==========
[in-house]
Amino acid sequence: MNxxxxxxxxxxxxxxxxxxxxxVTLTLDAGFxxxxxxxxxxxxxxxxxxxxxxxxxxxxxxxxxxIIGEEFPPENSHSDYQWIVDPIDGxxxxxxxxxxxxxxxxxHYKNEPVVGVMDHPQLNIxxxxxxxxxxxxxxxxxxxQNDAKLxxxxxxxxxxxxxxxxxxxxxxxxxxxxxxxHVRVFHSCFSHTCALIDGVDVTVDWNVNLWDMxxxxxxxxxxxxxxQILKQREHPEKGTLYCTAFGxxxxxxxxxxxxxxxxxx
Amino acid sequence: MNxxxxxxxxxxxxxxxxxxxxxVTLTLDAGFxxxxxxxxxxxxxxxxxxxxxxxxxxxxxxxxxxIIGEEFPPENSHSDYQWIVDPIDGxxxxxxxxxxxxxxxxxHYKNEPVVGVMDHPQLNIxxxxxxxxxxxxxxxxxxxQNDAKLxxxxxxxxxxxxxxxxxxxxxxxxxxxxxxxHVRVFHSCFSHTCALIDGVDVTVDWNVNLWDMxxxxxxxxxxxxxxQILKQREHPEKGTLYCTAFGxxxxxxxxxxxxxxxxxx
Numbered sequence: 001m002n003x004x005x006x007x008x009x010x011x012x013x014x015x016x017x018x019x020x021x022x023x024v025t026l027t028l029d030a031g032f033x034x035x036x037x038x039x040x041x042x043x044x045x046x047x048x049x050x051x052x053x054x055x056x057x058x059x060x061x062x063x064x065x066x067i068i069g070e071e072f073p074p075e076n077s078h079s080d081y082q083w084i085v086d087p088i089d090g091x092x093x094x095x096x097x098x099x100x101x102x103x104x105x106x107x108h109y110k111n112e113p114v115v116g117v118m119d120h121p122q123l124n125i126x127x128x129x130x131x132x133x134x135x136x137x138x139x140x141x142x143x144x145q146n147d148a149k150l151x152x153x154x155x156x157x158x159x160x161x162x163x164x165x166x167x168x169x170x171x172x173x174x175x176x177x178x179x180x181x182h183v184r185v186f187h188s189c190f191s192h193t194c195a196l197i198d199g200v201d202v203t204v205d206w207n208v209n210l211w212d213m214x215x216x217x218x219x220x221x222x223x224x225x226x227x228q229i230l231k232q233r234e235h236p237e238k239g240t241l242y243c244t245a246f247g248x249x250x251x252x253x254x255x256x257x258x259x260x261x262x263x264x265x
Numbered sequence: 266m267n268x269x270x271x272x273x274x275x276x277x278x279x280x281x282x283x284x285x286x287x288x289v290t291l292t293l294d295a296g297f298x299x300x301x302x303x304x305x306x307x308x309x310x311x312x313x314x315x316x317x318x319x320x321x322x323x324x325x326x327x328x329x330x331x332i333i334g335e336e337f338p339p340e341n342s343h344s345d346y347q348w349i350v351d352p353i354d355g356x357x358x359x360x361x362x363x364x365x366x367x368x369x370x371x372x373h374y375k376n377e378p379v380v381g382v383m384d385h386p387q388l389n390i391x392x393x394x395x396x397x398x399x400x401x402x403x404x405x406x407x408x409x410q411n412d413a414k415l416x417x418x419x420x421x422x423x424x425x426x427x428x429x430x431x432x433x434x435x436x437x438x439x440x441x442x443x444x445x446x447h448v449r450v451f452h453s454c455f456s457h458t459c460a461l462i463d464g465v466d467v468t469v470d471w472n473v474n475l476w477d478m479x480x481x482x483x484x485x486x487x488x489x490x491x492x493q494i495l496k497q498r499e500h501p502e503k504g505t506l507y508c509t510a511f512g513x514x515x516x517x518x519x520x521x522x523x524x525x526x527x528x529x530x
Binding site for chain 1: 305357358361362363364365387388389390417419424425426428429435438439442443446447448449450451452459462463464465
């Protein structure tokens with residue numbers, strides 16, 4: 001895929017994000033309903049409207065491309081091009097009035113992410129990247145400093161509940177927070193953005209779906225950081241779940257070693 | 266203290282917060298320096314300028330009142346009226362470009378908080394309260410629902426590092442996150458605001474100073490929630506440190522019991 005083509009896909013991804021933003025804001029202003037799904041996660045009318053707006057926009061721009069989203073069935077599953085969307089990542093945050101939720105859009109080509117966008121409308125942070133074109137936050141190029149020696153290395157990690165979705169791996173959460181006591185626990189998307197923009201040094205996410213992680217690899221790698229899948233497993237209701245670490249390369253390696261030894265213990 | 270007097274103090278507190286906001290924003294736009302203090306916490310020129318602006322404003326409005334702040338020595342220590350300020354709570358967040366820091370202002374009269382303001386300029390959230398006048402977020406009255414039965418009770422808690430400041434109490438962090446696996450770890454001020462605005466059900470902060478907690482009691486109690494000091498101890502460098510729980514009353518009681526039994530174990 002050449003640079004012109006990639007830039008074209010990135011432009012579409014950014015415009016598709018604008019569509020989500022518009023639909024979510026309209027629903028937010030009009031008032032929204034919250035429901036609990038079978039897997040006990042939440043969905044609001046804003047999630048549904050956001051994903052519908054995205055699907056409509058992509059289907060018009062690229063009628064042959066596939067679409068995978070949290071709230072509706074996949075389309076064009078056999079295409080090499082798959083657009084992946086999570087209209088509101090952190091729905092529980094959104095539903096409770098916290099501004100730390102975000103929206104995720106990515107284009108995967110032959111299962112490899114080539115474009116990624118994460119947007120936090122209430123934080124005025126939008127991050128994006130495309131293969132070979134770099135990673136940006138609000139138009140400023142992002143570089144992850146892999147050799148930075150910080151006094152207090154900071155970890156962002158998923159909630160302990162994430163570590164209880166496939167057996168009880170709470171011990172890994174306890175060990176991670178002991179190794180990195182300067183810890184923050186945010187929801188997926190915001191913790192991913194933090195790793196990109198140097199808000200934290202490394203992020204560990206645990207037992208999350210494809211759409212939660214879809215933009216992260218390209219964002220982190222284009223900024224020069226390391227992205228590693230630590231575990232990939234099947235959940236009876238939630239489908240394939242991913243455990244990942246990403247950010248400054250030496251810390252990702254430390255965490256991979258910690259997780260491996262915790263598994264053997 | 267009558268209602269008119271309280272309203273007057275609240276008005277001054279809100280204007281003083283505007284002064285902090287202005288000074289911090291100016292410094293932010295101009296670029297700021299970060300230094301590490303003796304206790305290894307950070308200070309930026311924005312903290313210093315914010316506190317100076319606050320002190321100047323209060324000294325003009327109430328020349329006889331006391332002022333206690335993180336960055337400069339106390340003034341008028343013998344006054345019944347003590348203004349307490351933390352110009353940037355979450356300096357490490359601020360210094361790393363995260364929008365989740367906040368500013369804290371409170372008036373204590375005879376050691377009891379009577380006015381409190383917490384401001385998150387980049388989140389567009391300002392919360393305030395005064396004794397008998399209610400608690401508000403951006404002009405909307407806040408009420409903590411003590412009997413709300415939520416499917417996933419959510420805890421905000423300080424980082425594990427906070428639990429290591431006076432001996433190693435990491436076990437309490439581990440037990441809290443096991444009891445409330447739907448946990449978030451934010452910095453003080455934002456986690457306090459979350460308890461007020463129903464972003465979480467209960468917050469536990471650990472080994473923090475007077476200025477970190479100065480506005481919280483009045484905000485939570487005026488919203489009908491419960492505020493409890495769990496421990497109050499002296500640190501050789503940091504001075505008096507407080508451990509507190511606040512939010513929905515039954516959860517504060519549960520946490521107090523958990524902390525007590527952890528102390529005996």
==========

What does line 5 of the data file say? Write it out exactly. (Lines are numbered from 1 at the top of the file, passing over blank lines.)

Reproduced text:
Numbered sequence: 266m267n268x269x270x271x272x273x274x275x276x277x278x279x280x281x282x283x284x285x286x287x288x289v290t291l292t293l294d295a296g297f298x299x300x301x302x303x304x305x306x307x308x309x310x311x312x313x314x315x316x317x318x319x320x321x322x323x324x325x326x327x328x329x330x331x332i333i334g335e336e337f338p339p340e341n342s343h344s345d346y347q348w349i350v351d352p353i354d355g356x357x358x359x360x361x362x363x364x365x366x367x368x369x370x371x372x373h374y375k376n377e378p379v380v381g382v383m384d385h386p387q388l389n390i391x392x393x394x395x396x397x398x399x400x401x402x403x404x405x406x407x408x409x410q411n412d413a414k415l416x417x418x419x420x421x422x423x424x425x426x427x428x429x430x431x432x433x434x435x436x437x438x439x440x441x442x443x444x445x446x447h448v449r450v451f452h453s454c455f456s457h458t459c460a461l462i463d464g465v466d467v468t469v470d471w472n473v474n475l476w477d478m479x480x481x482x483x484x485x486x487x488x489x490x491x492x493q494i495l496k497q498r499e500h501p502e503k504g505t506l507y508c509t510a511f512g513x514x515x516x517x518x519x520x521x522x523x524x525x526x527x528x529x530x